Faculty Use of the World Wide Web: Modeling Information Seeking Behavior in a Digital Environment Page: 72
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Internet per week at 7.6 hours. This finding would tend to support the assumption that
tenure-track faculty members would have had more exposure to using the Intemrnet to
conduct research and in the classroom and would be more likely to make more use of the
Internet than their tenured colleagues.
Although there appeared to be a large difference in usage among the discipline
areas, this difference was not statistically significant. It was interesting to note that social
sciences faculty members reported the highest average weekly use of the Intemrnet. They
averaged nearly 1.3 hours a week more than their colleagues in the humanities (9.15
hours as compared to 7.9 hours). Sciences faculty members reported an average of 8.5
hours per week of Intemrnet use.
As previously noted, there were no statistically significant differences on
question 14, "how would you rate your ability to use the Intemrnet: expert, intermediate, or
novice?" Responses by either tenure status or by discipline areas tended to be either
expert or intermediate. Among the tenure status groups, tenured faculty members
responded with the highest percentage of novice searchers (18.6%). In the discipline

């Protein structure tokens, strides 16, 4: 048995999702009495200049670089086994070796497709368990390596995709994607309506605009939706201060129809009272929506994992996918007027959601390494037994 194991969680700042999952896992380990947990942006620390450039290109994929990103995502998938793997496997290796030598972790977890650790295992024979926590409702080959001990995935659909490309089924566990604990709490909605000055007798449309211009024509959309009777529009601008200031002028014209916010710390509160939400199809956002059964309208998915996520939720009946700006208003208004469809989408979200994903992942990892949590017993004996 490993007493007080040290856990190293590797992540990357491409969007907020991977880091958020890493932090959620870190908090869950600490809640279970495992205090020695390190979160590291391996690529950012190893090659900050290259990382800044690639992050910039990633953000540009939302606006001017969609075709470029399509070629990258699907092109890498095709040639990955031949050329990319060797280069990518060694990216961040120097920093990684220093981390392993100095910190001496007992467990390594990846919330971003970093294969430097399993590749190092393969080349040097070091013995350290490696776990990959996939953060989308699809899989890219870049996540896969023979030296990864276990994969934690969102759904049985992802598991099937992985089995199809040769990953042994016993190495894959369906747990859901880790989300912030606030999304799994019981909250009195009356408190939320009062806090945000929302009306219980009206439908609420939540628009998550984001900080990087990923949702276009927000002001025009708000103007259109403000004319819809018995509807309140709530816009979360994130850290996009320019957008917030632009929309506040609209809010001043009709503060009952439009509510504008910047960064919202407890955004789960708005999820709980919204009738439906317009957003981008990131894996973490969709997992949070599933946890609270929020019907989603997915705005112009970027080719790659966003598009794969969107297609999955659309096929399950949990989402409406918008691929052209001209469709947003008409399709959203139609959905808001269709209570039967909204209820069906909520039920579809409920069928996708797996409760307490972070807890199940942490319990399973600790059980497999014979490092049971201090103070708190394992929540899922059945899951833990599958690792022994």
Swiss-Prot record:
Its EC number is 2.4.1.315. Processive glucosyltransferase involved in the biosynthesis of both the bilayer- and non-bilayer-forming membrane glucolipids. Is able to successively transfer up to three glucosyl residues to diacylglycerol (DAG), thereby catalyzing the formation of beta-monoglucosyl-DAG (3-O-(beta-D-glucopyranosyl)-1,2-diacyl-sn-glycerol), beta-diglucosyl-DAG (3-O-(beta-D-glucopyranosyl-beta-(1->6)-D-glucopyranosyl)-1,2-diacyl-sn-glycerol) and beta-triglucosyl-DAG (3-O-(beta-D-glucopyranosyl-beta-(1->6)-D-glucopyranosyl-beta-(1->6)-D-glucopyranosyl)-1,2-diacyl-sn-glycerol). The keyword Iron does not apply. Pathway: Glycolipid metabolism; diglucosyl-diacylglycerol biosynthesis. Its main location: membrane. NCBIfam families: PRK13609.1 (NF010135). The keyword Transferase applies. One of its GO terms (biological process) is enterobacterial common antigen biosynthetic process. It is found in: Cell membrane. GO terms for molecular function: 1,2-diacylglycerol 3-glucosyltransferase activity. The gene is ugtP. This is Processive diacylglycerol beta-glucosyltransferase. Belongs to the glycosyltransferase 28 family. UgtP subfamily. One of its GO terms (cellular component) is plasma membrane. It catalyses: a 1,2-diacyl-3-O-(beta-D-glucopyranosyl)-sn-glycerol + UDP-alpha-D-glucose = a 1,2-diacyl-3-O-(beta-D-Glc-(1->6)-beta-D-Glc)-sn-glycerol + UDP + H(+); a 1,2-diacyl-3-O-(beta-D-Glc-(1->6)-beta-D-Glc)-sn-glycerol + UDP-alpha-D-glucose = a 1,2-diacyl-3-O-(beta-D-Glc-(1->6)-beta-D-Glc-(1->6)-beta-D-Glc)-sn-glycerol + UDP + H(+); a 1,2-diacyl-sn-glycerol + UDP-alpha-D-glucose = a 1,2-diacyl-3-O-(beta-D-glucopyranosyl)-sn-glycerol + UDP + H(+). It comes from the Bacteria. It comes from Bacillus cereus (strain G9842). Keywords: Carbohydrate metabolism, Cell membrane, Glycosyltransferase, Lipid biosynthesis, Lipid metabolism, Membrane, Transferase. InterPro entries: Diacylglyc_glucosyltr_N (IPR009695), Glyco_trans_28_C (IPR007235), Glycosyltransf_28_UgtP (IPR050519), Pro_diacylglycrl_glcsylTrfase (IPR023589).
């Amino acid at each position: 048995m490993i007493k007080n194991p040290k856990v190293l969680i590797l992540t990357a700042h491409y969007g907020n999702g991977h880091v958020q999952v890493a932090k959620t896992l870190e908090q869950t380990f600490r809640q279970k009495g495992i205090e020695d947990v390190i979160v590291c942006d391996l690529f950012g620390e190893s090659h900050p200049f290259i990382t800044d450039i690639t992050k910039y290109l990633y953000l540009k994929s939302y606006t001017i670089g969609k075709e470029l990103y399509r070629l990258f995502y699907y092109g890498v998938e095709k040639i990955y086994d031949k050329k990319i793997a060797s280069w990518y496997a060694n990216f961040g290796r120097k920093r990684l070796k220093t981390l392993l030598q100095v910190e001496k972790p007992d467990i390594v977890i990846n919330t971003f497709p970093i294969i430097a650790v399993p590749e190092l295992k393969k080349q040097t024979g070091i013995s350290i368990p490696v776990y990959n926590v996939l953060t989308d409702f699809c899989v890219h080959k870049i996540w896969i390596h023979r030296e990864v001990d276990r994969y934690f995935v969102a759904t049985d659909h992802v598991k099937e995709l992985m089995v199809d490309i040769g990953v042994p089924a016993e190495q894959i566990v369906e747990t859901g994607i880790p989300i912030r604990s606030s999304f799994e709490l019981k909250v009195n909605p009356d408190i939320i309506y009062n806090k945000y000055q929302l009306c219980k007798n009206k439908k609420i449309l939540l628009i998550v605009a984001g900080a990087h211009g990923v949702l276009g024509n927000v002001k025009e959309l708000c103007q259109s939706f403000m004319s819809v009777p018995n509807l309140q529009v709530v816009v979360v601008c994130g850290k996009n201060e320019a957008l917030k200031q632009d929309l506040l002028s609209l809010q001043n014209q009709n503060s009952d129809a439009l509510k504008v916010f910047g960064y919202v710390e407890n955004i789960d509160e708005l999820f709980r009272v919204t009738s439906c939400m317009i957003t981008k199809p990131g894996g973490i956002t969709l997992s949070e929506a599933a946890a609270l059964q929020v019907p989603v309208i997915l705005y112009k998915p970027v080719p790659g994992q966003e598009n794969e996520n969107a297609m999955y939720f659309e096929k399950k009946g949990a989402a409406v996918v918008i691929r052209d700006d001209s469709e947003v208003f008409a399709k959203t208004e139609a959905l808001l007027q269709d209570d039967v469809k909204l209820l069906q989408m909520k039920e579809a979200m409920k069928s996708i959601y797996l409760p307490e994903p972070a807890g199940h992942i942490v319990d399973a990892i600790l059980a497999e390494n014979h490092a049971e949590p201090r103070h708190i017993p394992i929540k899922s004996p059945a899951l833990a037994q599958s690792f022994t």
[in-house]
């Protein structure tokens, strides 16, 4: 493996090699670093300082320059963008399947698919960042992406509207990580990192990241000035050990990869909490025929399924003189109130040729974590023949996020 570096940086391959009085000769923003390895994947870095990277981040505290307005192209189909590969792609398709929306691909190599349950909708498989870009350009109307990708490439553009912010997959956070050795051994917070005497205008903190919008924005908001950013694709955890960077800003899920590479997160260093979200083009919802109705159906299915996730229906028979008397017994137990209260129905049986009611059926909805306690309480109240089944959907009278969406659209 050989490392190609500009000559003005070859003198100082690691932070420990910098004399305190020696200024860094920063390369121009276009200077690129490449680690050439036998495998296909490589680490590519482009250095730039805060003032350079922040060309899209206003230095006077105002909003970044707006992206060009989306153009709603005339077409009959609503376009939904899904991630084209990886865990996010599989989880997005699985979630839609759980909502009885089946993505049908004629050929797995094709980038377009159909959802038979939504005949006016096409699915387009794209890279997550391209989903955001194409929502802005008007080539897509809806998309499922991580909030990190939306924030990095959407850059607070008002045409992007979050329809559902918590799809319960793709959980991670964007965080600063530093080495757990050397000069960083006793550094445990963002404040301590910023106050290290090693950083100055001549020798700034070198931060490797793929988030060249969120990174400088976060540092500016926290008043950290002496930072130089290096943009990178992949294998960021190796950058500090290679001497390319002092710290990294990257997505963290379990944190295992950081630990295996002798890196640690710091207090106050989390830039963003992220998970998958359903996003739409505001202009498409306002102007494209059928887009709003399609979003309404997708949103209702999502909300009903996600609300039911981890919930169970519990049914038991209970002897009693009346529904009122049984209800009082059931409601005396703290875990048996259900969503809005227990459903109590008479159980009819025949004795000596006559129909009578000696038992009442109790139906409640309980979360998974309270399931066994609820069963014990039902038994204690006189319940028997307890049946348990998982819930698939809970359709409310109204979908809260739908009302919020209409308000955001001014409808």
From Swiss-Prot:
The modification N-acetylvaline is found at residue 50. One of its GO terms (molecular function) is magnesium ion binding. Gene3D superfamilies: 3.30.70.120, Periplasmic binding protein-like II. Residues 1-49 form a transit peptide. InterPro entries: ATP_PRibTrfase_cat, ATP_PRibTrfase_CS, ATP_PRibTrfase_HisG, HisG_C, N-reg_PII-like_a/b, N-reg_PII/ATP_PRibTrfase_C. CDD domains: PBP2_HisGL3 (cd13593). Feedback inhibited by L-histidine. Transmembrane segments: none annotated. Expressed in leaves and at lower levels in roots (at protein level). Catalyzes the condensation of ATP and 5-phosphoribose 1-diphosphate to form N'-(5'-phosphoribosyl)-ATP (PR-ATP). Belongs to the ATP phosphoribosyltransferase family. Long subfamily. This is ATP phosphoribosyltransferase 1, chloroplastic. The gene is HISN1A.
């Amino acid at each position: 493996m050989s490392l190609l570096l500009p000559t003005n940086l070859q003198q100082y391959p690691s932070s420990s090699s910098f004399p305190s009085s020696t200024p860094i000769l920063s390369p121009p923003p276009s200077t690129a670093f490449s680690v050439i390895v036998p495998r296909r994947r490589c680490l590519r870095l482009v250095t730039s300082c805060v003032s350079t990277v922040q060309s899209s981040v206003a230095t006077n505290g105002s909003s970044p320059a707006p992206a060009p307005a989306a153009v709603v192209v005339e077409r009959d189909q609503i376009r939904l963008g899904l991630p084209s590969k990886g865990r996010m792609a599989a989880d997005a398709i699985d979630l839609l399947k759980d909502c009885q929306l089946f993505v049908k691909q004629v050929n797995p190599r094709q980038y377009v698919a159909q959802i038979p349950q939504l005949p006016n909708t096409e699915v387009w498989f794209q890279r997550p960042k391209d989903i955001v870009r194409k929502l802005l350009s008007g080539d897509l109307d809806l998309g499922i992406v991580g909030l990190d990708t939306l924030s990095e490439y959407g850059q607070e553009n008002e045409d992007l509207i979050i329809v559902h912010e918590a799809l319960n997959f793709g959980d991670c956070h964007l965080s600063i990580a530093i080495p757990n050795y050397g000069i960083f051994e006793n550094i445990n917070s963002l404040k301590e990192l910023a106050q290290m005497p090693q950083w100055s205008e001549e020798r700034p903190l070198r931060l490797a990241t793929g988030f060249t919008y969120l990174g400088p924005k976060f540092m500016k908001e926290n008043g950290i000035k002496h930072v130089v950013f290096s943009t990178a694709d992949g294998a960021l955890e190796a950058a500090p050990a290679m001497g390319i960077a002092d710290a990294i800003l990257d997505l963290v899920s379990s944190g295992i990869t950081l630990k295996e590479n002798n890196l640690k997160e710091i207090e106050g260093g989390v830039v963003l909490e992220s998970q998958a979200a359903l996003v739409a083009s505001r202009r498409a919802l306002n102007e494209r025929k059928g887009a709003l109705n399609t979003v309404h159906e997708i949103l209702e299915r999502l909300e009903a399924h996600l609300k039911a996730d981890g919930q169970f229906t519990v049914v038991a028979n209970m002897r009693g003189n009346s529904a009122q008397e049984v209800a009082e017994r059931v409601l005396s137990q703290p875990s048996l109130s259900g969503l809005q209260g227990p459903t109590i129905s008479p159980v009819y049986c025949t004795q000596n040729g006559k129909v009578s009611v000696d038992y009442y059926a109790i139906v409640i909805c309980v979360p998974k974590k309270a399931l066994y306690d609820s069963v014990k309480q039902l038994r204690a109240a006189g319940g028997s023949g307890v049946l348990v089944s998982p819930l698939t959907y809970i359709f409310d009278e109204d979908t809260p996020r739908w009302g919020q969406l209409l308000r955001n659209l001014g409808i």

areas, sciences faculty members reported the highest number of expert searchers (34.3%).
The questionnaire also included a "Comments" section. Appendix F reproduces
these comments by discipline area and tenure status. The analysis of the comments is
included in the section concerning the interview phase of this research project.
Following the techniques of theoretical sampling as outlined in Chapter 3, a
selection of 14 tenured and tenure-track faculty members in the discipline areas of the
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Fortin, Maurice G. Faculty Use of the World Wide Web: Modeling Information Seeking Behavior in a Digital Environment, dissertation, December 2000; Denton, Texas. (digital.library.unt.edu/ark:/67531/metadc2723/m1/79/: accessed April 30, 2017), University of North Texas Libraries, Digital Library, digital.library.unt.edu; .